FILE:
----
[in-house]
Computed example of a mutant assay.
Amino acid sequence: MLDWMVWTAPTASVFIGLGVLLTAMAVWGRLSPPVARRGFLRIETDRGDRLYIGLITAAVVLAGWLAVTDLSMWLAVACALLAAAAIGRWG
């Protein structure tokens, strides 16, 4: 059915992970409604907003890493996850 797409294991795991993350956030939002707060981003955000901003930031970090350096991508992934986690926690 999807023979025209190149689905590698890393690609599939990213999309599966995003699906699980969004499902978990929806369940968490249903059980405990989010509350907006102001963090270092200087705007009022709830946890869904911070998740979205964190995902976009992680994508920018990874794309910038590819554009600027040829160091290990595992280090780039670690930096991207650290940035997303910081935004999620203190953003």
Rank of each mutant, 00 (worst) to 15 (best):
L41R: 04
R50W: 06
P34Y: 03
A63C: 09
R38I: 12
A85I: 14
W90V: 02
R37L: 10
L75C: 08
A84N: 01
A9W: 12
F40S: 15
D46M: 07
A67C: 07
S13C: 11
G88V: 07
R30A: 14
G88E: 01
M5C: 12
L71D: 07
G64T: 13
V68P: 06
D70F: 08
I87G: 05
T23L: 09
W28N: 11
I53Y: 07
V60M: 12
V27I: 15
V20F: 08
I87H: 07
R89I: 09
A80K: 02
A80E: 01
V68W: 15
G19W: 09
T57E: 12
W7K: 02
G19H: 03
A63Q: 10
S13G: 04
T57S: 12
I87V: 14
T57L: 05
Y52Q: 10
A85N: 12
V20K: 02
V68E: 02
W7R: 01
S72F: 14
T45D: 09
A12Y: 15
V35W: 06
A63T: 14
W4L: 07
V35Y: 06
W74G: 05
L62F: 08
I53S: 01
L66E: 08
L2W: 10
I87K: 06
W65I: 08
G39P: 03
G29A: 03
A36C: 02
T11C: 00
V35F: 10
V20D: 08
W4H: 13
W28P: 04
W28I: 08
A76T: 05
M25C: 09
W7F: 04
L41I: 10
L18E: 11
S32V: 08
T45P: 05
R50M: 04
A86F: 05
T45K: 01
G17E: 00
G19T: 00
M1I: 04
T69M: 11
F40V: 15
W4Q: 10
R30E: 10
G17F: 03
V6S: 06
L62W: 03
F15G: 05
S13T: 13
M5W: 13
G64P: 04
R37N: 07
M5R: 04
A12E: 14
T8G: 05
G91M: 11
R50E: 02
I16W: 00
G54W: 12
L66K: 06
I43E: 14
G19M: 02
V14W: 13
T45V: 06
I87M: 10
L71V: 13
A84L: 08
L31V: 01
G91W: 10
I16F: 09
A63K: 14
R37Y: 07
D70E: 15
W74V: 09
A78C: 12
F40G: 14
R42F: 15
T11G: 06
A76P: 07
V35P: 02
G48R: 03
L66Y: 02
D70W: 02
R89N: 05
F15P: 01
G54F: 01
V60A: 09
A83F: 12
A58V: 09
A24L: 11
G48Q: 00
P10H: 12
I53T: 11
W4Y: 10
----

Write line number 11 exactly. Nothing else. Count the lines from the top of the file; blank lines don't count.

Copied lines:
A85I: 14